By Anonym 14 Sep

Joe Bastianich

The best pastas are cut with bronze dies that give them a rough texture and allow the sauce to cling.

By Anonym 16 Sep

Anthony Capella

He dipped his fork into the layers of eggplant and cheese. Moments later, it seemed to detonate in his mouth. The pasta, he now realized, had simply been a curtain raiser, carbohydrate to take the edge off his hunger, but this new dish was something else, teasing his appetite awake again, the intensity of the flavors bringing to life taste buds he had never even known existed. The cheese tasted so completely of cheese, the eggplant so rich and earthy, almost smoky; the herbs so full of flavor, requiring only a mouthful of wine to finish them off... He paused reverently and drank, then dug again with his fork. The secondo was followed by a simple dessert of sliced pears baked with honey and rosemary. The flesh of the fruit looked as crisp and white as something Michelangelo might have carved with, but when he touched his spoon to it, it turned out to be as meltingly soft as ice cream. Putting it in his mouth, he was at first aware only of a wonderful, unfamiliar taste, a cascade of flavors which gradually broke itself down into its constituent parts. There was the sweetness of the honey, along with a faint floral scent from the abundant Vesuviani blossom on which the bees had fed. Then came the heady, sunshine-filled fragrance of the herbs, and only after that, the sharp tang of the fruit itself. By the time the pears were eaten, both jugs of wine had been emptied too.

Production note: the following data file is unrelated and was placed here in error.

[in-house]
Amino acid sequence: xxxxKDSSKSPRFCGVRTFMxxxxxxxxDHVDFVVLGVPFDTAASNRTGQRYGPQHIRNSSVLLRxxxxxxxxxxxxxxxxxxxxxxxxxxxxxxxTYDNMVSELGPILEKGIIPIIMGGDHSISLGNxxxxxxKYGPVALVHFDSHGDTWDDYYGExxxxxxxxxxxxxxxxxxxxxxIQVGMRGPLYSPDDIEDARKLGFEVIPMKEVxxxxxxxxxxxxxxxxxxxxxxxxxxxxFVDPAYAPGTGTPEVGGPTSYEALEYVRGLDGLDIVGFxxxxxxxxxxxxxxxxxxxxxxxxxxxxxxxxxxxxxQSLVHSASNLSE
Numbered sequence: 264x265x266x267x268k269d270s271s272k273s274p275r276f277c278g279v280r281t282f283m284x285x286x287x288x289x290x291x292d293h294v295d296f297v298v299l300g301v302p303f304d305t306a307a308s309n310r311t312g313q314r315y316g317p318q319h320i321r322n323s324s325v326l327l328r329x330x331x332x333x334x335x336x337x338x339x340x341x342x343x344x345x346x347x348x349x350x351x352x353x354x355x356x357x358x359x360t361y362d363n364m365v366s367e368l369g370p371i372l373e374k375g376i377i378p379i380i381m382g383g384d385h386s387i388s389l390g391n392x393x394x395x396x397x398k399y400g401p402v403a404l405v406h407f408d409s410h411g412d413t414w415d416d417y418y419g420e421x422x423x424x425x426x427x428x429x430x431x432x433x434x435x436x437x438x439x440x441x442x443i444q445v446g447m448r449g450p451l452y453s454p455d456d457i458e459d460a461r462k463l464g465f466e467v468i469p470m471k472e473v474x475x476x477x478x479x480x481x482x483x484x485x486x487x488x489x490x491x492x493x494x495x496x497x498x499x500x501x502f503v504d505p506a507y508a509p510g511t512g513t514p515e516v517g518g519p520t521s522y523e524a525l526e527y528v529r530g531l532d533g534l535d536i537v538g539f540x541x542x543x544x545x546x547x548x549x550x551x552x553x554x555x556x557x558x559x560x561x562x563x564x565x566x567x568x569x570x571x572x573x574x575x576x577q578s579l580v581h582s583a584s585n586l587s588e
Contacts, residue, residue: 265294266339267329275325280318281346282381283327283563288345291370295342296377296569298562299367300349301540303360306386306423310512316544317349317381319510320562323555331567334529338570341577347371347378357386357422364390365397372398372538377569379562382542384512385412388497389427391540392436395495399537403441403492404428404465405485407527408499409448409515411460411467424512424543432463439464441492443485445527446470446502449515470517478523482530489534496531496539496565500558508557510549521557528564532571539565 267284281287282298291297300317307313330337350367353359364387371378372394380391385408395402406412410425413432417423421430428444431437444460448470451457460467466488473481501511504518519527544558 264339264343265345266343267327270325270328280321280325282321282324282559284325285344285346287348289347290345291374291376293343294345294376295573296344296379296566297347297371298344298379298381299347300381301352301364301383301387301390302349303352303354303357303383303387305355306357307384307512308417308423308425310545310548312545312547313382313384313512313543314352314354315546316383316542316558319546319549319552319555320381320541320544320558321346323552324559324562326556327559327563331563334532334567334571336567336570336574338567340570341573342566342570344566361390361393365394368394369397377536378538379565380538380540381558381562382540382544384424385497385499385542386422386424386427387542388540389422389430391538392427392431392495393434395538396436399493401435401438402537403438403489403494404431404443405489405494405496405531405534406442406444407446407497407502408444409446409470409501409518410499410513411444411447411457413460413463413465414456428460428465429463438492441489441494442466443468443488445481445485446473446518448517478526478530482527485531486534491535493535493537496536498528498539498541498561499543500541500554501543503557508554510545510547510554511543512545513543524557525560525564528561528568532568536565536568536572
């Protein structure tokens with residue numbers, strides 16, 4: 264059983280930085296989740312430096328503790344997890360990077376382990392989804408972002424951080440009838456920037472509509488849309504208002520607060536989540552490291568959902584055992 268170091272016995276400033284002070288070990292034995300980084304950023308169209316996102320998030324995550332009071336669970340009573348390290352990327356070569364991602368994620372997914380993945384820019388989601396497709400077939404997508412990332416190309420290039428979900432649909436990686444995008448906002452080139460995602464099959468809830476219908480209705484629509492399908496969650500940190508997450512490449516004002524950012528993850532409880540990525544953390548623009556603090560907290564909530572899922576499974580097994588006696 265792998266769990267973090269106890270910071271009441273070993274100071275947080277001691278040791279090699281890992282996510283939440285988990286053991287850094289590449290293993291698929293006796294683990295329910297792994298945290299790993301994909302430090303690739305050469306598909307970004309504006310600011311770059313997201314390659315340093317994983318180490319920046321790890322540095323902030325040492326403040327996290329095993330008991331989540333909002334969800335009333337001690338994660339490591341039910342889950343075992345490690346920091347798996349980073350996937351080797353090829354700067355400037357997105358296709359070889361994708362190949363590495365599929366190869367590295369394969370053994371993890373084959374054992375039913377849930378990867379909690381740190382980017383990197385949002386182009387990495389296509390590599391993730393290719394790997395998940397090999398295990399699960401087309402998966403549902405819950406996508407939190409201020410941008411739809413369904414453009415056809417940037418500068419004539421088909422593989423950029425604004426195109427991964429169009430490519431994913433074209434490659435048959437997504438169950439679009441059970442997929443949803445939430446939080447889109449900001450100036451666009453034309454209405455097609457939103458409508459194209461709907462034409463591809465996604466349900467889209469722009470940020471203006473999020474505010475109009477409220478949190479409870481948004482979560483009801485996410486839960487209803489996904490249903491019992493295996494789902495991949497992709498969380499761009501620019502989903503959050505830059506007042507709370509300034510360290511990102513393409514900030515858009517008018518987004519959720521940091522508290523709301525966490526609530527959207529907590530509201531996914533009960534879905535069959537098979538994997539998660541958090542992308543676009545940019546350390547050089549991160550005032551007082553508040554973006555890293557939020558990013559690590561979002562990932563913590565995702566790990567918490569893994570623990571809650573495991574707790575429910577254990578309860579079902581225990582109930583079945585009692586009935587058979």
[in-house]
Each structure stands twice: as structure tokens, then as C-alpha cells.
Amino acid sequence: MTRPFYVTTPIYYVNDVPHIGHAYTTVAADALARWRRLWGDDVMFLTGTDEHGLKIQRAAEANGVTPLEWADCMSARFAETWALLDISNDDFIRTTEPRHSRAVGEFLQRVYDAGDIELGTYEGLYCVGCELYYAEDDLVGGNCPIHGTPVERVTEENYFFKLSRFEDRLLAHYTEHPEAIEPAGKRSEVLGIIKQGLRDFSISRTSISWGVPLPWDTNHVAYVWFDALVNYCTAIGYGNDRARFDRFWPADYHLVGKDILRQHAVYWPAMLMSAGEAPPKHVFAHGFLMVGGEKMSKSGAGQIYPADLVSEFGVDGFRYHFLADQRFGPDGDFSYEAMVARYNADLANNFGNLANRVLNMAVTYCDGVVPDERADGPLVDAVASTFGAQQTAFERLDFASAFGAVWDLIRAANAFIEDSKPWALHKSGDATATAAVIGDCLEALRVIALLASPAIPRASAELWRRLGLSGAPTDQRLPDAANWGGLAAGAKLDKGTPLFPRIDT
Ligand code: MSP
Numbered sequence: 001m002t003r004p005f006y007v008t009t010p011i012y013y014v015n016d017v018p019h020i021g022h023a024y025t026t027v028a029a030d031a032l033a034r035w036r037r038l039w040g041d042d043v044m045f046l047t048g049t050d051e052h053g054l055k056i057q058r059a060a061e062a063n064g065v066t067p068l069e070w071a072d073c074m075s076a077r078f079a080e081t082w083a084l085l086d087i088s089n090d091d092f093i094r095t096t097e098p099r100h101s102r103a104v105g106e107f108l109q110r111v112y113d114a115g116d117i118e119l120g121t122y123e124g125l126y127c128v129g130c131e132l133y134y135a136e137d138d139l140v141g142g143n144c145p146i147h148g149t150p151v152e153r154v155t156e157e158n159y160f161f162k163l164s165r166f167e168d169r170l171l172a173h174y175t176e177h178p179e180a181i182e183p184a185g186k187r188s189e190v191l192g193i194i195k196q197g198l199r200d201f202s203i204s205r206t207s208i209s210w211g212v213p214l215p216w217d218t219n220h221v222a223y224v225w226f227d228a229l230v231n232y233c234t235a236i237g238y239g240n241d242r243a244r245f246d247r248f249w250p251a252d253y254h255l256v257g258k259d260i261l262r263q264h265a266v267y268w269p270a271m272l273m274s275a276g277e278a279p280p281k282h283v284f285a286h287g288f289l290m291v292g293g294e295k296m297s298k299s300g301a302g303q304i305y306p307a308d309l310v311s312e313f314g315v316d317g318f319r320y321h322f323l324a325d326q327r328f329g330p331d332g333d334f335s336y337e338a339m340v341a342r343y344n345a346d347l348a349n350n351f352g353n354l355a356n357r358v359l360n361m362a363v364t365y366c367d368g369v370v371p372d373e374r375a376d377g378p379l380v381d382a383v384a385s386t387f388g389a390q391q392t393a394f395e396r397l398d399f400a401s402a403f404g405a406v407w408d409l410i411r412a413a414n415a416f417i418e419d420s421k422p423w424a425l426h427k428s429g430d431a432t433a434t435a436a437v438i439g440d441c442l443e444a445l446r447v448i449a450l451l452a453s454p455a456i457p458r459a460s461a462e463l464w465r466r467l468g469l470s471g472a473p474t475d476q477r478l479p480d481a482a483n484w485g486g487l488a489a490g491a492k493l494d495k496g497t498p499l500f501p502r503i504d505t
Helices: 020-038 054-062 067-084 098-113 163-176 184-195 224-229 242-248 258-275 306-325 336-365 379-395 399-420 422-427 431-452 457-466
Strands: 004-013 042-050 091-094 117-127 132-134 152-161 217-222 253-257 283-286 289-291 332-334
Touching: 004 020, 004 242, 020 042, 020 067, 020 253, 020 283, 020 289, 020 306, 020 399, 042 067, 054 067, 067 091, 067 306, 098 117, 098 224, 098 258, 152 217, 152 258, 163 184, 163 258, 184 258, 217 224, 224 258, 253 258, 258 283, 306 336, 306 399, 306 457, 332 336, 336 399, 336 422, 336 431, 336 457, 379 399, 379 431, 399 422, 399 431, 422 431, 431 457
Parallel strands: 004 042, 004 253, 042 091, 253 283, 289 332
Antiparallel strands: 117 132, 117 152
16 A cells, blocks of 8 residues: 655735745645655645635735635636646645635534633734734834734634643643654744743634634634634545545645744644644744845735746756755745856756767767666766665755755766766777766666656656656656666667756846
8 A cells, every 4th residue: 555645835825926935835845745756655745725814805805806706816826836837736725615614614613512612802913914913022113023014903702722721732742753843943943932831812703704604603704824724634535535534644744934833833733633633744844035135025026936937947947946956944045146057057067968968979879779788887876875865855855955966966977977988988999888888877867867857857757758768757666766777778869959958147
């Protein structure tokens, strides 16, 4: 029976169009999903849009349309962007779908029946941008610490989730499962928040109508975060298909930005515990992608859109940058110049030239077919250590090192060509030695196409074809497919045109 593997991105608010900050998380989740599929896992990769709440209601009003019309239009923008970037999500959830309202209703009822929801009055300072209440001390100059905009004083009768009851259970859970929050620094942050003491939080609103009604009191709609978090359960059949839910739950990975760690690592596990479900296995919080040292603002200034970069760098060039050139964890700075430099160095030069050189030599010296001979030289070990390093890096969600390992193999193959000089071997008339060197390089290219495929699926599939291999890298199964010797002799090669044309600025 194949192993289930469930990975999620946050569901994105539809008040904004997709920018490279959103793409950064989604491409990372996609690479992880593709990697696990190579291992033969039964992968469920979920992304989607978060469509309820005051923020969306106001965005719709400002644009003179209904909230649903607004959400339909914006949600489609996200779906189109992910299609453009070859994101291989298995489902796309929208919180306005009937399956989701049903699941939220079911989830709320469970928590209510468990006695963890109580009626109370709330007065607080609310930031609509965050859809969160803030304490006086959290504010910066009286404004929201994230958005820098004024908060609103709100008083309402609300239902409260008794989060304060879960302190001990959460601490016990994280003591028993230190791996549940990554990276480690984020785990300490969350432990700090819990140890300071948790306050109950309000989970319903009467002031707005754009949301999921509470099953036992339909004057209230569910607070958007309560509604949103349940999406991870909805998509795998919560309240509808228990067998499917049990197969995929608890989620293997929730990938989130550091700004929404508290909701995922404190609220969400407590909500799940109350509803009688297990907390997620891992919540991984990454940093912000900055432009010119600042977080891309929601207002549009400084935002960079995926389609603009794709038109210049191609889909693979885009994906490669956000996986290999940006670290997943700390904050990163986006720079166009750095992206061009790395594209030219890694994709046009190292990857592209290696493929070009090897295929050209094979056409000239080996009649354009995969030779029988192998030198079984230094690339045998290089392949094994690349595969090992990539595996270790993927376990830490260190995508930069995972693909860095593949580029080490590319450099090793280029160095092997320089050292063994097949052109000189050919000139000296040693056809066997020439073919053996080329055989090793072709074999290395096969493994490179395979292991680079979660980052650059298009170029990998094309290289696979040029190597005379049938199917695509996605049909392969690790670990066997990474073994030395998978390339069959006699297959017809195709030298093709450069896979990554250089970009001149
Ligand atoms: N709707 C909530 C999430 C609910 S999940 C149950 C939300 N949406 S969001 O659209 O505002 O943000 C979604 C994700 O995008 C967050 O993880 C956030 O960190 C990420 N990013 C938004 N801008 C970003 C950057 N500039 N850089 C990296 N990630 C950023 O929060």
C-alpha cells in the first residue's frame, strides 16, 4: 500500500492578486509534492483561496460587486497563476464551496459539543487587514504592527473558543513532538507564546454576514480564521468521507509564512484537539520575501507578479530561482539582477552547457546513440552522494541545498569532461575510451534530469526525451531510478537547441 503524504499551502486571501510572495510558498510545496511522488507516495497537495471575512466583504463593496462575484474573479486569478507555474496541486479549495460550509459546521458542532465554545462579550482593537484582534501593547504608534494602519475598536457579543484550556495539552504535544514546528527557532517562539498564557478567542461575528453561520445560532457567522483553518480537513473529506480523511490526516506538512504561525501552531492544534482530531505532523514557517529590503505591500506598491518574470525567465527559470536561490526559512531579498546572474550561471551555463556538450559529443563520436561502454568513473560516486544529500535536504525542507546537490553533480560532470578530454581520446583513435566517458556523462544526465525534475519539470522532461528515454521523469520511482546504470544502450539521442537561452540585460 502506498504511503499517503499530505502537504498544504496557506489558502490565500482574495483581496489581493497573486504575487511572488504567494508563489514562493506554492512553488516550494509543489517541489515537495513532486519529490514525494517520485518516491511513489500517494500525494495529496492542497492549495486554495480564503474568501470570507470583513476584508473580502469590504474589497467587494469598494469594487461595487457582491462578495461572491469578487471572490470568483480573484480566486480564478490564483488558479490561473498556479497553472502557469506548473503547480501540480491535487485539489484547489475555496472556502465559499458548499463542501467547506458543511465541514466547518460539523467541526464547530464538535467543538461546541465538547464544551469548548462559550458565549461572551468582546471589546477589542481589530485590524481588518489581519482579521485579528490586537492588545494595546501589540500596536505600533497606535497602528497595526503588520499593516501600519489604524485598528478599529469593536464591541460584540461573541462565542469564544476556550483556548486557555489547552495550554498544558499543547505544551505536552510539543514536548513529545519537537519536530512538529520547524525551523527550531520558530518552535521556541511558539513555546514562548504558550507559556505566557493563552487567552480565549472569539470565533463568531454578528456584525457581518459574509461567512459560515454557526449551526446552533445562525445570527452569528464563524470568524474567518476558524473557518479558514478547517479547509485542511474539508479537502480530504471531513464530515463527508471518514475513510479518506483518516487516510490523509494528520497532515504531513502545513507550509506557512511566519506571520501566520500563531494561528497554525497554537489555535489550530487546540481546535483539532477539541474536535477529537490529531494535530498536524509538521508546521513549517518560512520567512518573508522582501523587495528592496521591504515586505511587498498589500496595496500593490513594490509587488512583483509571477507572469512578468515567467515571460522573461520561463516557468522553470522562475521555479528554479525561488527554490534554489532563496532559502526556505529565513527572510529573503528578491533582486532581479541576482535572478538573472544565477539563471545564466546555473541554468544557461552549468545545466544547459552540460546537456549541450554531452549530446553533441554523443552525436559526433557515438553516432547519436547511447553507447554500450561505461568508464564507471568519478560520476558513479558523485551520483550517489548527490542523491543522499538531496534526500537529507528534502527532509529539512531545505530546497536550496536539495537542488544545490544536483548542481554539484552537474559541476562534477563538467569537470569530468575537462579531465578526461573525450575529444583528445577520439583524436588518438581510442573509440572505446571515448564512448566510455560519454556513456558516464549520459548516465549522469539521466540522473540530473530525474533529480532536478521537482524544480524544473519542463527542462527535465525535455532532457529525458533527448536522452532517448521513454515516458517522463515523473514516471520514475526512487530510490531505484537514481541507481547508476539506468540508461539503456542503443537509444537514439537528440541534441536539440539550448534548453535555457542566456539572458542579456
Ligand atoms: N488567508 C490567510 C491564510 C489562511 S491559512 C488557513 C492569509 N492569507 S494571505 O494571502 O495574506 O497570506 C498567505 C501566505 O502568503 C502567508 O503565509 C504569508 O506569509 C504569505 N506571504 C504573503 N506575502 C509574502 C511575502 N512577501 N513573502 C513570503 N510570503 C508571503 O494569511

By Anonym 13 Sep

Chrissy Teigen

I love eating sushi and eating raw and clean - no pasta and bread. Low carbs is what works for me.

By Anonym 14 Sep

Ricky Gervais

My ideal meal would probably be the cheesiest pasta or pizza, followed by something creamy and chocolaty. I mean, just the worst things, really.

By Anonym 19 Sep

Cassandra Clare

Well, when I was five, I wanted my mother to let me go around and around inside a dryer with the clothes,” Clary said. “The difference is, she didn’t let me.” “Probably because going around and around in a dryer can be fatal,” Jace pointed out, “whereas pasta is rarely fatal. Unless Isabelle makes it.

By Anonym 16 Sep

Matt Goulding